2. The Powers-That-Be recognize awards as a tangible accomplishment.

I suppose. Awards and rankings could be used to buff up the vitae, tenure app, or grant app, too. But do people really blog with this purpose in mind?

3. So, would you turn an award down?

I suppose I should turn any down now that I’ve been snarky about it. But probably not. But I honestly have to say that I value comments and compliments from individuals far more than any award.

4. Awards are a means of making "discoveries" of new blogs and bloggers.

Point taken. I don't know that I've see many new bloggers on the nominations, however.

5. The awards are just done in fun.

Fun for the winners; possibly dispiriting for those not chosen. (As Mom said, "Sure it's all fun til somebody gets hurt.") Kohn says that rewards also punish.

6. It's important to be aware of your ranking in order to strategize for maximum readership (and resulting impact on the educational community).

Peter makes my argument for me in his comment left on the post (go back and read his whole comment):

One makes change by acting and speaking in a way that captures people through reason and their conscience. Caring about how many people are listening is a distraction. While it's true that more people listening *may* mean more influence, to set raising readership numbers up as a concern/goal is totally misguided ... If you want to make change, then why not spend time doing something that's actually effectual, rather than spending time being concerned over one's own popularity ranking? Hell, doing nothing is more productive.

7. Doesn't ClustrMaps also invite competition and comparison?

I'd not looked at ClustrMaps in this light before, but I can see the possibility that it might be used in this way. I’ve kept it on my site more as a reminder to myself that I do indeed have international readers and to be aware that I am always writing through a US-centric lens. Oh, ClustrMaps gets wiped every now and again - sort of humbiing to start afresh.

8. Don't we fundamentally "reward" people at the deepest level with our admiration and respect? Even in our writing, aren't we arguably competing for respect for and dissemination of our own ideas? Isn't that a good thing? (from Elizabeth)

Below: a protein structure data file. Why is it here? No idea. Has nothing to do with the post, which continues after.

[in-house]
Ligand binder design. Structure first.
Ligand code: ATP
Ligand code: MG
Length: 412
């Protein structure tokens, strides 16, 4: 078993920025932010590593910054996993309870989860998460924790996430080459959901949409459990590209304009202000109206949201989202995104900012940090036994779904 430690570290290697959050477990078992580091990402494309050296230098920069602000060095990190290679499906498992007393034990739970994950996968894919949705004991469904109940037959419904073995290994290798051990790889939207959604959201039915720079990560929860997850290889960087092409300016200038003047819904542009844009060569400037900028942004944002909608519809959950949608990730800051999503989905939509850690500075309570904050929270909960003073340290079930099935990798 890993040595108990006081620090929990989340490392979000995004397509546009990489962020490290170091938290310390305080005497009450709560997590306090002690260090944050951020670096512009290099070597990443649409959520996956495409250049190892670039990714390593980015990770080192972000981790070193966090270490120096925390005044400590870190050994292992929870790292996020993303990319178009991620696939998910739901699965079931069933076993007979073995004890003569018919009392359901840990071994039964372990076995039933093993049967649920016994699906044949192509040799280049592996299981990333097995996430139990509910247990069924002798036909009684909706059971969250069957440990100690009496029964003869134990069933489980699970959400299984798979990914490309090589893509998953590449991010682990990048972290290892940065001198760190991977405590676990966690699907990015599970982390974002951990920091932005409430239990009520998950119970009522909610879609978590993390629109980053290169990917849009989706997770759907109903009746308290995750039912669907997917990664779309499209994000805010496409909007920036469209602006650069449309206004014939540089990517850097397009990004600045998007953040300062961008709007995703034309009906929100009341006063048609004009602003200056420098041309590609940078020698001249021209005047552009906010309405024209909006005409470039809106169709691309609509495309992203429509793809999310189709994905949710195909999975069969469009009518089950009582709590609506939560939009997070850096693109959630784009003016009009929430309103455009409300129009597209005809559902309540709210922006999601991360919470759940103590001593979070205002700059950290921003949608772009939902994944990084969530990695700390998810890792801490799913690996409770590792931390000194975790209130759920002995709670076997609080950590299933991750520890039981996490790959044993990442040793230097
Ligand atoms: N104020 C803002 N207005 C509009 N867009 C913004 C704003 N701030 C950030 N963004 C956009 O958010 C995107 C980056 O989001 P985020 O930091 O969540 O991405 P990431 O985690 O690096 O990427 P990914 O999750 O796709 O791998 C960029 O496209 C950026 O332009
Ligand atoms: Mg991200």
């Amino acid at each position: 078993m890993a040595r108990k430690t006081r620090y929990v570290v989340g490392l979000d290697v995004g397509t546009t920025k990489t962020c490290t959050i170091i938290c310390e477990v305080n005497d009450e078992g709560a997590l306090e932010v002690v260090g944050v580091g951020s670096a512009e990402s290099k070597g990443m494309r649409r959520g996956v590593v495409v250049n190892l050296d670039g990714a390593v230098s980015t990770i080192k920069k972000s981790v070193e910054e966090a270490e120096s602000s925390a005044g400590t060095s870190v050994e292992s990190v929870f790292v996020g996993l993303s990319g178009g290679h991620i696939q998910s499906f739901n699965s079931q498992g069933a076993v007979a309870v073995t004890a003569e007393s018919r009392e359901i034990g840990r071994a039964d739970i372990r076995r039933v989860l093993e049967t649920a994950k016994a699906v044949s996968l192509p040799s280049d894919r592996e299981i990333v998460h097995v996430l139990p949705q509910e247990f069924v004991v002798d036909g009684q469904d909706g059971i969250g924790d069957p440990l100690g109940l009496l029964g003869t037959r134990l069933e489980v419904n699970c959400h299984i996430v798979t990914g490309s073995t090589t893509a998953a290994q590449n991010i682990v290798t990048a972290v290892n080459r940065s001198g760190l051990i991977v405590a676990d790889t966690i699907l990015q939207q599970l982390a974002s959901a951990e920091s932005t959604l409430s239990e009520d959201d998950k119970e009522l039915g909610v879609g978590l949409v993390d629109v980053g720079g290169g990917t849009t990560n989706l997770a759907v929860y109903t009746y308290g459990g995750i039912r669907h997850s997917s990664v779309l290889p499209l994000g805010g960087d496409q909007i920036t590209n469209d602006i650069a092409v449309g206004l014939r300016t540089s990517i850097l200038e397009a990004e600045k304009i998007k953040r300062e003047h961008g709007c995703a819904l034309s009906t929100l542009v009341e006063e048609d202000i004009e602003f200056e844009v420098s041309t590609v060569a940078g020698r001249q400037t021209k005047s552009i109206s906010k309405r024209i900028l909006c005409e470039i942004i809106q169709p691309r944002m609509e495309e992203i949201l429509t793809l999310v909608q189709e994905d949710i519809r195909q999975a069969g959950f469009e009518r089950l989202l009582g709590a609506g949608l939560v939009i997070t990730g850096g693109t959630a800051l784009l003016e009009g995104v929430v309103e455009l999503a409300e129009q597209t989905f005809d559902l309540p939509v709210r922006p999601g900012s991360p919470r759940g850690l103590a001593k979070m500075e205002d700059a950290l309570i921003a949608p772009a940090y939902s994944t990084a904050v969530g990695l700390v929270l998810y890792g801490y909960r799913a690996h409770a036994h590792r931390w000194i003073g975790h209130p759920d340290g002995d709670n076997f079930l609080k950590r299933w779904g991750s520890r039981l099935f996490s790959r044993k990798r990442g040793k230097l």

To me, competition will always mean winners and losers. I don’t see that sending one blogger a note of admiration or respect in any way makes losers of those to whom one does not send such notes. Are we competing for the acceptance of our own ideas? I’ve always thought I was adding to a pot of ideas from which really good ideas could be formulated. I guess I just can’t get the blood lust going here. In the wild kingdom, my DNA would not have had a chance...

I am going to go back to some of Kohn's arguments about extrinsic motivation via rewards...

Rewards can punish those who do not receive them - See #5 above.

Rewards can rupture relationships - If I link to or comment on your blog, might I be pushing your rank above mine, make you more popular, more award-worthy? Am I cutting my own throat if I help you make your blog better?

Rewards ignore the reasons for a desired behavior - Is blogging about improving education, having fun, and debating the issues .... or winning fame and recognition?

Rewards can discourage risk-taking - Might I be less likely to take a controversial or unpopular stance if it might mean losing readers? Might I avoid trying a different style of writing or type of post if it would cause people to drop a subscription?

Rewards can actually discourage desired behaviors. -  There must be something distasteful about blogging if it is only about rankings and awards.

So awards and ranks probably won't bring about the end of the world as we know it. But let's not grant them any more importance than they deserve, either.